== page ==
Referring to FIG. 1, drilling rig 10 is positioned at ground surface 12 over well bore 14. Casing 16 is fixed by cement 18 inside well bore 14, and normally extends 300 to 400 feet below kick-off point 21, where the inclination of well bore 14 begins to deviate from substantially vertical, as might occur during horizontal drilling or in a highly deviated well. Drill string 20 extends downwardly through casing 16 from drilling rig 10, beyond casing end 23, and into the section of well bore 14 that lies horizontally in stratum 32. At the distal end of drill string 20 is a bottom hole assembly that typically comprises MWD (measuring while drilling) equipment 22, stabilizer 24, mud motor 26, shift head 28 and drill bit 30. Flapper valve assembly 34 of the invention is preferably cemented into well bore 14 together with casing 16, and drill string 20 passes through flapper valve assembly 34 as it enters or leaves the hole. According to a particularly preferred embodiment of the invention, flapper valve assembly 34 is installed in casing 34 about 100 hundred feet above kick-off point 21.
Referring to FIGS. 2 and 3, flapper valve assembly 34 preferably comprises as its primary structural elements upper body member 36, lower body member 38, flow sleeve 40, valve seat sleeve member 42, flapper 54, flapper hinge assembly 56, and spring strut assemblies 58. Upper body member 36 and lower body member 38 are preferably made of tubular steel, and are connected to each other by weld 44, although it is understood that a threaded connection can be used instead of the weld if desired. As shown in FIG. 2, upper body member 36 is threaded onto casing section 70, and casing section 72 is threaded onto lower body member 38. For ease of illustration, the well bore and cement are not shown except in FIG. 1.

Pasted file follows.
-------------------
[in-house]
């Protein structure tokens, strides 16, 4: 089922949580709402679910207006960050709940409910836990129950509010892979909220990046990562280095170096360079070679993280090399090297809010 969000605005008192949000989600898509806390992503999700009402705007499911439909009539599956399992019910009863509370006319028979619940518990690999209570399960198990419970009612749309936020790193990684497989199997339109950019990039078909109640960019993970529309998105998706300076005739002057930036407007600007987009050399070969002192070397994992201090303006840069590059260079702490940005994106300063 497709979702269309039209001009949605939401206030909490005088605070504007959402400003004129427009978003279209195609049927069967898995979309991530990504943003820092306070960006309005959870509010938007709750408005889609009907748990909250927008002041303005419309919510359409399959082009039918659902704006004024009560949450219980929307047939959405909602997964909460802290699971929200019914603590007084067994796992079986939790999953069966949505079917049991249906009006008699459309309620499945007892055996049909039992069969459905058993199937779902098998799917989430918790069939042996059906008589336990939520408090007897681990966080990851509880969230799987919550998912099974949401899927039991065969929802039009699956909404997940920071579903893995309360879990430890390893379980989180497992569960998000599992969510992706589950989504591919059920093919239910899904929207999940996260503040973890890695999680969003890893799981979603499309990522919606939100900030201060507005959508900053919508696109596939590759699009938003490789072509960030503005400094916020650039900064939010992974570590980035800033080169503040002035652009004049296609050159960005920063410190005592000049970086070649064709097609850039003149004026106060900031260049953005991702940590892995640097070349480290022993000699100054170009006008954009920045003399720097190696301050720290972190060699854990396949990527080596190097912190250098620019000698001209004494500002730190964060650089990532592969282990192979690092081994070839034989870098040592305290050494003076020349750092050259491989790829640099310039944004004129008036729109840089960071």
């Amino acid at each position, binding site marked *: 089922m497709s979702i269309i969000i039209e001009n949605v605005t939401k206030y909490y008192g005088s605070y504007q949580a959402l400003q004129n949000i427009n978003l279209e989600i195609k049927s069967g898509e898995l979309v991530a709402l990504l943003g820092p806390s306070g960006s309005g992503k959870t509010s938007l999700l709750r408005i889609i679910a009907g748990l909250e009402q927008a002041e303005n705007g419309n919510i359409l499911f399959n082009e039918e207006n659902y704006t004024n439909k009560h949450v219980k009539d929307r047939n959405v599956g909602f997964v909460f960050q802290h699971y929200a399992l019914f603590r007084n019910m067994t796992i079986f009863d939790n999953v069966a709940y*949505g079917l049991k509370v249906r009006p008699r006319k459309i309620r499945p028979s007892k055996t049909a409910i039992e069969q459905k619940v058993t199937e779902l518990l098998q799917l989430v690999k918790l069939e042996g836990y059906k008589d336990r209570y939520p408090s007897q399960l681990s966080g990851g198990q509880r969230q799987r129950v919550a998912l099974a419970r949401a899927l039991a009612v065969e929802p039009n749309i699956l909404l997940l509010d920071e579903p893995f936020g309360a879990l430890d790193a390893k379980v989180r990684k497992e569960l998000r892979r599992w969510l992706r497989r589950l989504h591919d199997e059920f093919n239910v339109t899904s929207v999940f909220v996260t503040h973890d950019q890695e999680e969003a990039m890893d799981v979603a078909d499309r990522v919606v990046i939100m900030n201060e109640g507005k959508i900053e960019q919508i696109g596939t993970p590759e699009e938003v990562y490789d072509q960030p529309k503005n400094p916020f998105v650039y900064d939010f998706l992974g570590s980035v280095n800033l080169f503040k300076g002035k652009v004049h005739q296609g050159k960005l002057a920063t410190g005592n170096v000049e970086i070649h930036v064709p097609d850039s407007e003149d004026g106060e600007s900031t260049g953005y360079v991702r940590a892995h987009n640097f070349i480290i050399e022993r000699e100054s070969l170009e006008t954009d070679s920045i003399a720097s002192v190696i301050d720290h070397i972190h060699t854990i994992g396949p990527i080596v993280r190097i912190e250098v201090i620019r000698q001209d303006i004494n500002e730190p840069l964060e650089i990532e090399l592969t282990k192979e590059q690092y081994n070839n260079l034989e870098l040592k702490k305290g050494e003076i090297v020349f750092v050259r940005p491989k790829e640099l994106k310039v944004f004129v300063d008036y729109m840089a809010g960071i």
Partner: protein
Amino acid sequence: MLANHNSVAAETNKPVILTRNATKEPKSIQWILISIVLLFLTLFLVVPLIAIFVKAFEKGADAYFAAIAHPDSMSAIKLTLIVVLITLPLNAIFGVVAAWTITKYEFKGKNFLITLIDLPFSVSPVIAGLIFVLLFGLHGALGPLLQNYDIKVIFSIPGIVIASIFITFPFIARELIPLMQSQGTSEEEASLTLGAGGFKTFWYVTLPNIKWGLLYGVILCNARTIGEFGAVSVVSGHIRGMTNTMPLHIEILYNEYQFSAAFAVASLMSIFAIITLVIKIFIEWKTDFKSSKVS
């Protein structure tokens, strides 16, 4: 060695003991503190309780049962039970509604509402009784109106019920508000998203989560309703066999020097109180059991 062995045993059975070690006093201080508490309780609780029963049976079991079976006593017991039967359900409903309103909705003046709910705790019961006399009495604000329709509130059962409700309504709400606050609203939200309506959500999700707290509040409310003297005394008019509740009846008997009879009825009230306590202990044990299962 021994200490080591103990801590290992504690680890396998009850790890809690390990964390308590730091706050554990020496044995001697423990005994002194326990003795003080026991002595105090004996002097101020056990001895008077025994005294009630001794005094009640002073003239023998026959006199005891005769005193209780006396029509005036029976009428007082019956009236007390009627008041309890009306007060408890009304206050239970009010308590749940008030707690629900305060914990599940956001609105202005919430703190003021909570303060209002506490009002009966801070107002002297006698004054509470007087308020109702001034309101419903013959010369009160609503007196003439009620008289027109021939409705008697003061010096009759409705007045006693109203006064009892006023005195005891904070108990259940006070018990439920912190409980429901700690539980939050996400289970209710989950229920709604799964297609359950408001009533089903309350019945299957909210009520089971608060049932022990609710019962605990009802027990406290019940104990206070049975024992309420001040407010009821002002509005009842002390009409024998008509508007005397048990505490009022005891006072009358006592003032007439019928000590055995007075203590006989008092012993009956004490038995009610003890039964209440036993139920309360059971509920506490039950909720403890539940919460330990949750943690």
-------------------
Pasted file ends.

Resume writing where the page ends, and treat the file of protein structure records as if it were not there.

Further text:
Flapper valve assembly 34 is preferably run into a well in its fully open position, with flow sleeve 40 and flapper 54 in the positions shown in FIG. 3 so that cement will not contaminate, foul or otherwise restrict operation of the valve. Lower and upper O-rings 86, 88, respectively, prevent cement from penetrating into the annular space between flow sleeve 40 and upper and lower body members 36, 38 as cement is pumped down casing 16 so that it can circulate back up the annulus between the outside wall of casing 16 and well bore 14. After casing 16 is cemented, it is desirable to wash out the casing, or if necessary, run a scratcher or scraper down through the casing and flow sleeve 40 to insure that upper and lower annular recesses 66, 68, respectively, are clear and available for engagement with shift keys 80 of shift head assembly 76 as described below in relation to FIGS. 3 and 4.